During the study period, requests for double mastectomies at the University of Michigan Comprehensive Cancer Center increased by 475 percent, from 4 percent of cases in 2000 to 19 percent of cases in 2011. Nationwide, clinics were seeing women come in—without doing genetic screening or treatment counseling—and immediately asking to have “what Angelina Jolie had done.”2

Study lead Dr. Michael Sabel concluded that biased media coverage was leading women to believe that a double mastectomy was the best treatment for breast cancer. Instead of exploring other options that, in many cases, would have been more medically appropriate, they came to his clinic set on having a double mastectomy.2

While a mastectomy is an appropriate choice for some women—for instance, those who have BRCA gene mutations that increase their chances of cancer or a strong family history of breast cancer—it is too extreme for most women with early-stage breast cancer, and it can result in longer hospital stays and longer recovery times than necessary, according to the American Medical Association.3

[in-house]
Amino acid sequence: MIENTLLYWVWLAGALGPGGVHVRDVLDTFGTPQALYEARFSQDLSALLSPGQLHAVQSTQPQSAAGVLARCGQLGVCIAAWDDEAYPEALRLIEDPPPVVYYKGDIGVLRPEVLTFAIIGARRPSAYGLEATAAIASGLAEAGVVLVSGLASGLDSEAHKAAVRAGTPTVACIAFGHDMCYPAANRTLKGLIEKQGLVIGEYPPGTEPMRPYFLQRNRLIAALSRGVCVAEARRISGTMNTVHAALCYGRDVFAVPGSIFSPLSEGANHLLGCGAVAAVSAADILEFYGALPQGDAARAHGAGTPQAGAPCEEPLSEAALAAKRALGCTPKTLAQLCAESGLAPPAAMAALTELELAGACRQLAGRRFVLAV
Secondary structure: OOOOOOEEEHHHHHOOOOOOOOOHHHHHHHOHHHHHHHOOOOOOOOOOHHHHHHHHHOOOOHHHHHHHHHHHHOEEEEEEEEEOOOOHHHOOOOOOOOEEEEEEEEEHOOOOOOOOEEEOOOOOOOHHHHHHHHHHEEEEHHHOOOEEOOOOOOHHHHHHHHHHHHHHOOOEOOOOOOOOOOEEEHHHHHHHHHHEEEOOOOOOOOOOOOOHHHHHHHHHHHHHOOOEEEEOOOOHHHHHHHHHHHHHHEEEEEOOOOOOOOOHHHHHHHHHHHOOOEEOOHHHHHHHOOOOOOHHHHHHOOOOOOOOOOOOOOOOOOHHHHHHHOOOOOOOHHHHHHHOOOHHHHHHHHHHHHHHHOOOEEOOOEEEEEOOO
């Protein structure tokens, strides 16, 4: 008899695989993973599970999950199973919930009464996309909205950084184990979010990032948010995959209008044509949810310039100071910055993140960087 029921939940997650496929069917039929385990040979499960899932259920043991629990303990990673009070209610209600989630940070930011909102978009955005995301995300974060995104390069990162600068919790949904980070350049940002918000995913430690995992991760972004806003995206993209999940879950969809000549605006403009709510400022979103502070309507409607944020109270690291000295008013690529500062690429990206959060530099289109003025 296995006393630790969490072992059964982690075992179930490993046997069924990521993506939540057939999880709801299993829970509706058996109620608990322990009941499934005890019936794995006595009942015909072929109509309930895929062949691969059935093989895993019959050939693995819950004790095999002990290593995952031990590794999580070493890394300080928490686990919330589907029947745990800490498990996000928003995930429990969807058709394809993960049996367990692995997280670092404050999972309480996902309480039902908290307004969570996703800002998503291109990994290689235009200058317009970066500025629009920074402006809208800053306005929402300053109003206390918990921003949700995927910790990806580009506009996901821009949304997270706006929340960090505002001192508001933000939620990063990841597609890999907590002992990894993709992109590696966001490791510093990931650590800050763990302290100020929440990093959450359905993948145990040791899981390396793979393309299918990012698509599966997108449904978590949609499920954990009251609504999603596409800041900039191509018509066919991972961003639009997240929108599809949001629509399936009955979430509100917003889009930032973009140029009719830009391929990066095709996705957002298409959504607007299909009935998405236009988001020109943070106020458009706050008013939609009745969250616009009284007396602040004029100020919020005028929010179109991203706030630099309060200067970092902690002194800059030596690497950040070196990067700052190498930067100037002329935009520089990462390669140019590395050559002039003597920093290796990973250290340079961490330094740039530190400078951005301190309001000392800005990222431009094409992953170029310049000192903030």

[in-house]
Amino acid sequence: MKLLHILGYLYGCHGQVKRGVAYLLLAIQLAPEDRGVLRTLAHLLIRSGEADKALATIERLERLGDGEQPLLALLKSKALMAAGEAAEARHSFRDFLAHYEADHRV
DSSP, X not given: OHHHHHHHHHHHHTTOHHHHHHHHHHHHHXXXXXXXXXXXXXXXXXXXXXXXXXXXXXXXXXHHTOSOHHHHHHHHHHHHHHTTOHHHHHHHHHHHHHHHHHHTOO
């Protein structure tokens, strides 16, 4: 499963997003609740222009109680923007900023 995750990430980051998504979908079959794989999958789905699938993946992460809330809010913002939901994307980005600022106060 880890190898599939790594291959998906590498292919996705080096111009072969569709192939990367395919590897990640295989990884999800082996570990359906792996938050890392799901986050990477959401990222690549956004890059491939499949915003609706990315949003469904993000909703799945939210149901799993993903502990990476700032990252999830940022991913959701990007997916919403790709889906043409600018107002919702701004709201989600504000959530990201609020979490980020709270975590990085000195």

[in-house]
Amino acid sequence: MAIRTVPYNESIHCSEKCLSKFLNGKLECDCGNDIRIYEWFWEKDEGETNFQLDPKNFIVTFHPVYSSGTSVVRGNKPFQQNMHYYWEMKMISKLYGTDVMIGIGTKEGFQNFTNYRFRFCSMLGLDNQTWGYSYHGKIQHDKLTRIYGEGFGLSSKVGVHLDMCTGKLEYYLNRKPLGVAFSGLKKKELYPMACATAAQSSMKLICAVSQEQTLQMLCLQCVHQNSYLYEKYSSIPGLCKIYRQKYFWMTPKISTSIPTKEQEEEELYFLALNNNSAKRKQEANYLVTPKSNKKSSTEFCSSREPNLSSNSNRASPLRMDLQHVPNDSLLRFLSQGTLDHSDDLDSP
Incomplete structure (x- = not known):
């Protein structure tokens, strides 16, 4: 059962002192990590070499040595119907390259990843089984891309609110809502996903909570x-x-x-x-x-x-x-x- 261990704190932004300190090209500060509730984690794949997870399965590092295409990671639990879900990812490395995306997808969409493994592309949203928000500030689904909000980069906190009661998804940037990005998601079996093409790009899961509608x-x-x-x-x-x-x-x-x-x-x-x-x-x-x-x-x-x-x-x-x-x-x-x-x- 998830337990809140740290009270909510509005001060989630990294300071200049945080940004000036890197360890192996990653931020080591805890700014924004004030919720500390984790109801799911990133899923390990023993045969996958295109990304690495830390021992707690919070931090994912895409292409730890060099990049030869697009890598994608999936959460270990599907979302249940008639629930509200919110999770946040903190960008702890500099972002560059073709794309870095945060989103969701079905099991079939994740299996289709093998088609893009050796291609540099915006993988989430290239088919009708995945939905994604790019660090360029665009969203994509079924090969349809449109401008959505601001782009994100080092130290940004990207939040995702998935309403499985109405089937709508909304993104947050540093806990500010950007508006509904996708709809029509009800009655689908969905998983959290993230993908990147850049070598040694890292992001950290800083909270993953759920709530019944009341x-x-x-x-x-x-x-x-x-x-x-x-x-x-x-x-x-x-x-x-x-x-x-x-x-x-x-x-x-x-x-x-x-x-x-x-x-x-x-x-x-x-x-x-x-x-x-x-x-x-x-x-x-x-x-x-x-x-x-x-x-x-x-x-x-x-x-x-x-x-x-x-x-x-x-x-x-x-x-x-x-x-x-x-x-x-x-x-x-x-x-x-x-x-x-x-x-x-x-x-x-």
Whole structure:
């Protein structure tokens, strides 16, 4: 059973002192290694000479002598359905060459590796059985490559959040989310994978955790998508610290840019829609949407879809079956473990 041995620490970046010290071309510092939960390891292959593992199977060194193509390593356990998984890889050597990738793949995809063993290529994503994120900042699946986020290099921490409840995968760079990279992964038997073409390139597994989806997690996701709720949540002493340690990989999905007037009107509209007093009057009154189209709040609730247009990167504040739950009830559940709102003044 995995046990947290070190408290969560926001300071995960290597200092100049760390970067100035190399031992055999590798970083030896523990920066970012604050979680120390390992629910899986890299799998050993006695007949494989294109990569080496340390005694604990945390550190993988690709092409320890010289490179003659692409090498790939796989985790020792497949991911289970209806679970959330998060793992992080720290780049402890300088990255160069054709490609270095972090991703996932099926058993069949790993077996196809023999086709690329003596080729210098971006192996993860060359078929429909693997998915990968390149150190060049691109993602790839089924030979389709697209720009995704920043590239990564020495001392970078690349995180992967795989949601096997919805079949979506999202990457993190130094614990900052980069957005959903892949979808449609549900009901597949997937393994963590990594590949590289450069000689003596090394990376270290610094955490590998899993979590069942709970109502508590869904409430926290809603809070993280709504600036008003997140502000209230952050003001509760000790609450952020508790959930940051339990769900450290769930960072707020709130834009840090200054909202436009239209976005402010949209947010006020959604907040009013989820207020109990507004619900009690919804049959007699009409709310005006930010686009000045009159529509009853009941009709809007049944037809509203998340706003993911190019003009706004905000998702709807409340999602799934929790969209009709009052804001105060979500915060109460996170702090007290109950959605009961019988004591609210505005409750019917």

Furthermore, in the case of early-stage breast cancer, radical intervention doesn’t mean more effective intervention. Research from the American Medical Association showed that the survival rate for early-stage breast cancer is just as high with breast-conserving surgery (lumpectomy) followed by radiation therapy as it is for a mastectomy.3 And by avoiding a mastectomy, women can get back to their lives faster, while still feeling confident in their treatment.

Finally, in certain cases, double mastectomies can increase a woman’s risk of death. If a woman has a chronic disease, like obesity or high blood pressure, she faces a greater risk of mortality by choosing a mastectomy over a lumpectomy paired with radiation therapy, since a mastectomy is a more extensive surgery and comes with a higher probability of surgical complications.4

Ultimately, women need to consult with their physicians about their options after they’ve been diagnosed with breast cancer. If the cancer is still in an early stage, there are a number of treatments that are less invasive but still highly effective—for instance, a lumpectomy followed by Breast Microseed Treatment® has a 97.4 percent five-year overall survival rate.